Near-infrared spectroscopy (NIRS) provides a unique method of monitoring infant brain function by measuring the changes in the concentrations of oxygenated and deoxygenated hemoglobin. During the past 10 years, NIRS measurement of the developing brain has rapidly expanded. In this article, a brief discussion of the general principles of NIRS, including its technical advantages and limitations, is followed by a detailed review of the role played so far by NIRS in the study of infant perception and cognition, including language, and visual and auditory functions. Results have highlighted, in particular, the developmental changes of cerebral asymmetry associated with speech acquisition. Finally, suggestions for future studies of neurocognitive development using NIRS are presented. Although NIRS studies of the infant brain have yet to fulfill their potential, a review of the work done so far indicates that NIRS is likely to provide many unique insights in the field of developmental neuroscience.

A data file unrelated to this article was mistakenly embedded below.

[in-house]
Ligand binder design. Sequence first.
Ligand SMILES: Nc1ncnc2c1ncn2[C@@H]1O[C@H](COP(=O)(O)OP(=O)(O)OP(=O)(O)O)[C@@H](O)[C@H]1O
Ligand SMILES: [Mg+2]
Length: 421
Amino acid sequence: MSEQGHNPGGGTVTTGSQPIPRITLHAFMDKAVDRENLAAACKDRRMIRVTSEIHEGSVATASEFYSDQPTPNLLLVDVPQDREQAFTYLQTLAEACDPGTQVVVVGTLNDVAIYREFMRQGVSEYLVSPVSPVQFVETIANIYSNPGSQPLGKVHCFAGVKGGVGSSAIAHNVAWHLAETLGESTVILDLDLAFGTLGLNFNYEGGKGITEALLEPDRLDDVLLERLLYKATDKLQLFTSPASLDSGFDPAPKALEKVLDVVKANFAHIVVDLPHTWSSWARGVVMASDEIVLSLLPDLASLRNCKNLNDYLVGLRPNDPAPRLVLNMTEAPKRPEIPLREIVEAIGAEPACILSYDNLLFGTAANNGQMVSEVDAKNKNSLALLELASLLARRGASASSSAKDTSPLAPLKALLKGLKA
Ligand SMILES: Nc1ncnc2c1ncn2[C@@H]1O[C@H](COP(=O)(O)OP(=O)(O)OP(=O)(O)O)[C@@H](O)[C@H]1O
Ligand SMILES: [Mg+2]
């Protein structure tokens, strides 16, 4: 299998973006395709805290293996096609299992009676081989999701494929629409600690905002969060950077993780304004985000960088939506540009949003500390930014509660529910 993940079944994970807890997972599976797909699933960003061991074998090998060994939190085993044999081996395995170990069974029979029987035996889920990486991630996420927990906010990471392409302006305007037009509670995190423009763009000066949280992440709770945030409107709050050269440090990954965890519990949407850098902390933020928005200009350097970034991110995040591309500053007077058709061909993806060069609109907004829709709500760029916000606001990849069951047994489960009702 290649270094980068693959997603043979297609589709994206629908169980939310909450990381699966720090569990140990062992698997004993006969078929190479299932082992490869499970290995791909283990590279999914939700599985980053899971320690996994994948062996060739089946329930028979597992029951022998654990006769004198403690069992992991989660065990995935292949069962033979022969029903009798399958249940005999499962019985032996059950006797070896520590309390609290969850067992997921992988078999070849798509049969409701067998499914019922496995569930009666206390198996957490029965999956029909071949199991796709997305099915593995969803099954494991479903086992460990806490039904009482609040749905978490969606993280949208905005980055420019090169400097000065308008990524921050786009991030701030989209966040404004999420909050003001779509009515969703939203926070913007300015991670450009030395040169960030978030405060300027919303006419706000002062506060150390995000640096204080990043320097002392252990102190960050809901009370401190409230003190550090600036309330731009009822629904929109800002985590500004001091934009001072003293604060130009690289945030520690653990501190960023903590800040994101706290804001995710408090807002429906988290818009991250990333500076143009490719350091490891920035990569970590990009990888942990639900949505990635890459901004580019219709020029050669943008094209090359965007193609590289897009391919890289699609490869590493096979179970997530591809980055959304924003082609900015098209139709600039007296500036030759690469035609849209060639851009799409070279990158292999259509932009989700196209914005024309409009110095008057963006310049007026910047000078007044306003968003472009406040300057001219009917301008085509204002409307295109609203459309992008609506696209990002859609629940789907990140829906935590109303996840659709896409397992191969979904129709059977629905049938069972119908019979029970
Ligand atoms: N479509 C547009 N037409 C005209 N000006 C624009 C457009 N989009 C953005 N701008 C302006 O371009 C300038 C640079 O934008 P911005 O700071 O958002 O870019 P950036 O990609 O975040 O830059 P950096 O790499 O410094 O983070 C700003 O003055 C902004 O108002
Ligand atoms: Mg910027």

ASJC Scopus subject areas
- Developmental Neuroscience
- Cellular and Molecular Neuroscience